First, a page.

Merger and acquisition (M&A) activity has dropped off considerably due to the current economic slowdown. The deal cycle has lengthened and there is prolonged negotiation on valuation issues and other commercial considerations such as non-compete arrangements.
Often, in any acquisition, the buyer pays “non-compete” fees to prevent the seller from undertaking the same/similar business activities. The payment may be significant under certain circumstances; in that context, the tax treatment of non-compete fees paid by the buyer is very important.
There are several issues surrounding the tax implications of payment of non-compete fees in the hands of the buyer. Some of the key issues are:
• whether payment of non-compete fees is revenue expenditure or capital expenditure (although in the hands of the seller it is revenue income);
• if it is revenue expenditure, whether it can be amortized in its entirety in the first year and be considered as allowable tax deductible expenditure or whether it should be amortized over a period of years for tax purposes; or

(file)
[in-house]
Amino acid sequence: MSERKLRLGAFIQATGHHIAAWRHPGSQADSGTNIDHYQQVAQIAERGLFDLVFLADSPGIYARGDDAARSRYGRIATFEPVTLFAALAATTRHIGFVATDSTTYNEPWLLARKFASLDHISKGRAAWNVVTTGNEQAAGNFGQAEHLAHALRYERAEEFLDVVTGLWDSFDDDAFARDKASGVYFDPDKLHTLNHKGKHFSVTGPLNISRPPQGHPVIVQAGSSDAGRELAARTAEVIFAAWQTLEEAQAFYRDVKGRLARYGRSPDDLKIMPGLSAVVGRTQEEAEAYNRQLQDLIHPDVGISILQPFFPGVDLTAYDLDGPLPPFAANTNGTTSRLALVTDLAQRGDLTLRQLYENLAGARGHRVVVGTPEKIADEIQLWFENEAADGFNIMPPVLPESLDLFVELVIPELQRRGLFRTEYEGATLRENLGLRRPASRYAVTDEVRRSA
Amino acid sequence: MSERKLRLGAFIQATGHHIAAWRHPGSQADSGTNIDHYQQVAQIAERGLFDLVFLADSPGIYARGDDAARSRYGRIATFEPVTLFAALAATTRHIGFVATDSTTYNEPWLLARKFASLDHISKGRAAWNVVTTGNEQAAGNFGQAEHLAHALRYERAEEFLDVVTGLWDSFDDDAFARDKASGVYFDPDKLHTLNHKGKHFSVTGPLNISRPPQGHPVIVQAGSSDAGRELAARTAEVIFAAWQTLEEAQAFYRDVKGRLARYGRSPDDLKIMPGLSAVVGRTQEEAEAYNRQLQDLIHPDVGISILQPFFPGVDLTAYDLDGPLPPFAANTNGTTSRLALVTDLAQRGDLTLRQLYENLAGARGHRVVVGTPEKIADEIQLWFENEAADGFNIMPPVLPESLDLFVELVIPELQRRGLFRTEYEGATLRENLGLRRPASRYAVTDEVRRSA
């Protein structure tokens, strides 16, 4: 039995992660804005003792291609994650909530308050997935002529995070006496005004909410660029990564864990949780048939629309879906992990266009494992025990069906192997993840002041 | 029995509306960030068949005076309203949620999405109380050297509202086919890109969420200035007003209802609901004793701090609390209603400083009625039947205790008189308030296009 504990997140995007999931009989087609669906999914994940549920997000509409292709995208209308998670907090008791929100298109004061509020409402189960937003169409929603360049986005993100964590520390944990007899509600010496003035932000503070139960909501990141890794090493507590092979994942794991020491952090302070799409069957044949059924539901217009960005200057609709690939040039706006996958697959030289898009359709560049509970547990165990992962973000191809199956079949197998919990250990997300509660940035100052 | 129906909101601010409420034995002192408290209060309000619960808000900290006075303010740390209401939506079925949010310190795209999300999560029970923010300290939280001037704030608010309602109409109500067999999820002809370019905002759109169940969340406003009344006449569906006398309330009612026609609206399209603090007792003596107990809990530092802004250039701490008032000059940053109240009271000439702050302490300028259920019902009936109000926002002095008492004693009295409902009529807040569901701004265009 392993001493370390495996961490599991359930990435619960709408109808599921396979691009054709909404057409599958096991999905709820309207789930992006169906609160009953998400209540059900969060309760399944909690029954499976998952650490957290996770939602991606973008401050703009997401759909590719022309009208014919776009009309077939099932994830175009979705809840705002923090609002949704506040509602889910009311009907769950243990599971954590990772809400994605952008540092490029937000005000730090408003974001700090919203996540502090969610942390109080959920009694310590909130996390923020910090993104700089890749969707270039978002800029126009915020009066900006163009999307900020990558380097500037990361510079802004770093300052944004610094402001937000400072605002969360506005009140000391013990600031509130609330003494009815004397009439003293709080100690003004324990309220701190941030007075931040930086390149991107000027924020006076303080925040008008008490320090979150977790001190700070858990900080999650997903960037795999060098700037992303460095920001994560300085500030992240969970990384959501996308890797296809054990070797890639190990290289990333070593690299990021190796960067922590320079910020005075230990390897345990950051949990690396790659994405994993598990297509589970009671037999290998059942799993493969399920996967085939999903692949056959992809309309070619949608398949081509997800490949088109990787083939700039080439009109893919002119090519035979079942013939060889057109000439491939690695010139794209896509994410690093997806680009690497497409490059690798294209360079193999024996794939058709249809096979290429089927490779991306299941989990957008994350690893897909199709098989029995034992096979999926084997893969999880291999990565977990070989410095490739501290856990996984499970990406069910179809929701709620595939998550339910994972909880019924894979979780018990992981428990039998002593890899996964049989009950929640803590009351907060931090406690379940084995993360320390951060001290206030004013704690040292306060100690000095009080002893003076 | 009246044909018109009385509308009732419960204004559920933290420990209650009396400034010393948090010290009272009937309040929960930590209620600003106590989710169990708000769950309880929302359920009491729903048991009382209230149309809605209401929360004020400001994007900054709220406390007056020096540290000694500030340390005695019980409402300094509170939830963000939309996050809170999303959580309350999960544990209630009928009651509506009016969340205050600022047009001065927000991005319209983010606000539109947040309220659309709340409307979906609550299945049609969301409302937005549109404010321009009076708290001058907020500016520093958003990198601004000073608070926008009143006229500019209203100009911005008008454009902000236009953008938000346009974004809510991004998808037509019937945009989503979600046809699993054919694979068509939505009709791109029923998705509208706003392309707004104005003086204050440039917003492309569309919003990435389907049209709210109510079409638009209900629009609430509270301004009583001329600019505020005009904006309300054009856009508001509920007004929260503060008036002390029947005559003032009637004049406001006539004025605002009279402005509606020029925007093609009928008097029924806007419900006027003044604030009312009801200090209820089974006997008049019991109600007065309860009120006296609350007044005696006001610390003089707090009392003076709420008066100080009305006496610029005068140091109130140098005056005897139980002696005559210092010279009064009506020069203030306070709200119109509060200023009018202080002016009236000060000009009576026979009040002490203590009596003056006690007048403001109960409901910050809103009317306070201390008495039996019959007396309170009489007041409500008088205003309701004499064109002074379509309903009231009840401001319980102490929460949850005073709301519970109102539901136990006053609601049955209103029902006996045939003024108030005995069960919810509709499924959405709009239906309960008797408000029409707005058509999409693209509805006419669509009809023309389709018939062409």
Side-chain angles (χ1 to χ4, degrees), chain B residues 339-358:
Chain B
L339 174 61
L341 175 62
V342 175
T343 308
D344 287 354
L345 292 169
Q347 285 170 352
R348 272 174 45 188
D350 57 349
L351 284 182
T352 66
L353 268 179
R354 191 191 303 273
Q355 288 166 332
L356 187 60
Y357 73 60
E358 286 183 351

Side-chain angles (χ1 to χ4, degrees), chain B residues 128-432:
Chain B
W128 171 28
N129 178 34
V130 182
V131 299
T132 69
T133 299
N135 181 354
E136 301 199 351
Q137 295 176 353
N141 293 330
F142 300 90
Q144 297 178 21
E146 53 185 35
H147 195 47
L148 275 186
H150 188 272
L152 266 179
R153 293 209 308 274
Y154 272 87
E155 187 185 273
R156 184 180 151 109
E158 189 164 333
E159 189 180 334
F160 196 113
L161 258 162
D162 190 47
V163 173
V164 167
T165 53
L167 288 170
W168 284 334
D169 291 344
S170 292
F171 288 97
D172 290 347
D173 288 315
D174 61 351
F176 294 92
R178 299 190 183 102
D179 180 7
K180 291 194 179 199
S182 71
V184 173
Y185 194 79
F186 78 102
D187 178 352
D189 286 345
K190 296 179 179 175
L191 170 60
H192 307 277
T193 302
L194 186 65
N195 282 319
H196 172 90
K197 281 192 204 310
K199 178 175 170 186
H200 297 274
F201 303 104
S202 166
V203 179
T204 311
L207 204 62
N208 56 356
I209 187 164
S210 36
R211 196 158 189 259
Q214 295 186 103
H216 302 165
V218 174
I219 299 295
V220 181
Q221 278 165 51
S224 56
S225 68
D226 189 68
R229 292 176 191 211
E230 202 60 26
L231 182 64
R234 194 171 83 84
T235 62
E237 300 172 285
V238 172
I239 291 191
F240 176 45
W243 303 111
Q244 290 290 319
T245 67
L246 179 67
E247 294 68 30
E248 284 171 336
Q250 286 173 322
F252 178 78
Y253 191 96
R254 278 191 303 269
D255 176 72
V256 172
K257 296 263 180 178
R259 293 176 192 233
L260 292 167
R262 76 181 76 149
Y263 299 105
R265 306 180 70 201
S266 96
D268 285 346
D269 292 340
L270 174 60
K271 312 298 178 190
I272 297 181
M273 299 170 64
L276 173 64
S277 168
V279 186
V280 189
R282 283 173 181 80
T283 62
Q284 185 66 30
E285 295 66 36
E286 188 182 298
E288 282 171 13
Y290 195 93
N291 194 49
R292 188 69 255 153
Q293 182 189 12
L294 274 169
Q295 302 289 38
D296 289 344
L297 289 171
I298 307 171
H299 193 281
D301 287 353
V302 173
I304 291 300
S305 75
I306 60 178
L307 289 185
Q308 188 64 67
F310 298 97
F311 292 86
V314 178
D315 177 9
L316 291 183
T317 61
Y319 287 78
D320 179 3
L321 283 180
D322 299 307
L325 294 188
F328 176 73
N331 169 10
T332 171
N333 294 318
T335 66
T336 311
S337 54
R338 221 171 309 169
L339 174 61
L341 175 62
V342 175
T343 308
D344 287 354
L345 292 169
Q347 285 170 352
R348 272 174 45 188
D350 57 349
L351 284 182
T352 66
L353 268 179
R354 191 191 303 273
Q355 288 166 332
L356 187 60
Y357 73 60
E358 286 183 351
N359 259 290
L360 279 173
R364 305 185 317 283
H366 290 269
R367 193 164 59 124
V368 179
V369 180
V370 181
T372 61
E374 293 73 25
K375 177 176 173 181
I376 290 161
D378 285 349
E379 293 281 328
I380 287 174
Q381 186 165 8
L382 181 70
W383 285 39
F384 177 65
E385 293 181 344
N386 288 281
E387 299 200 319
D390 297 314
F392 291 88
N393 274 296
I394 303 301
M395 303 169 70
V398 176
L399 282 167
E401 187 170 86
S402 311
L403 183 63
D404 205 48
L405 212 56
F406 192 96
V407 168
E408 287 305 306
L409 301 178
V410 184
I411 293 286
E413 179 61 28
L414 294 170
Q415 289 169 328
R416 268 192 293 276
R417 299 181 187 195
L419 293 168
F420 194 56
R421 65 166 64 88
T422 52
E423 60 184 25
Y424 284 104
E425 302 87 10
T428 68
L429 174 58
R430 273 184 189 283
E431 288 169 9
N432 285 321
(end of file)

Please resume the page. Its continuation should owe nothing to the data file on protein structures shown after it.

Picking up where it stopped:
• if regarded as capital expenditure, whether tax depreciation it could be claimed.
Under the provisions of the Income-tax Act, tax depreciation at 25% is available on certain intangible assets: know-how, patents, copyrights, trademarks, licences, franchises, or any other business or commercial rights of similar nature. Given this provision, can it be possible for the buyer of the business to classify the non-compete consideration paid by it to the seller as an acquisition of “right” being in the nature of “business or commercial rights” eligible for tax depreciation at 25%?
Recently, the Madras tribunal, in a decision dated 16 January in the case of ITO v. Medicorp Technologies India Ltd (2009-TIOL-203-ITAT-MAD), granting relief to the assessee held that non-compete fees paid by Medicorp Technologies under an agreement for non-competition is in the nature of business or commercial right eligible for tax depreciation.
These are the facts:
• Medicorp is in the business of manufacture and distribution of bulk drugs and intermediaries, and exporting these products to the US, Canada, Europe and Australia.
• Another company, Medispan Ltd (MS), was engaged in the business of development and production of medical and pharmaceutical formulations. MS had been exporting these pharmaceutical products to various South American, African and South-East Asian countries.
• MS agreed to transfer the business and activities of its export division to Medicorp. The business transfer agreement among other things provided that out of the total consideration of Rs5.33 crore, Rs2 crore was payable as a consideration towards acceptance of a non-compete obligation for 10 years, in respect of exports of bulk drugs, pharmaceutical products and formulations.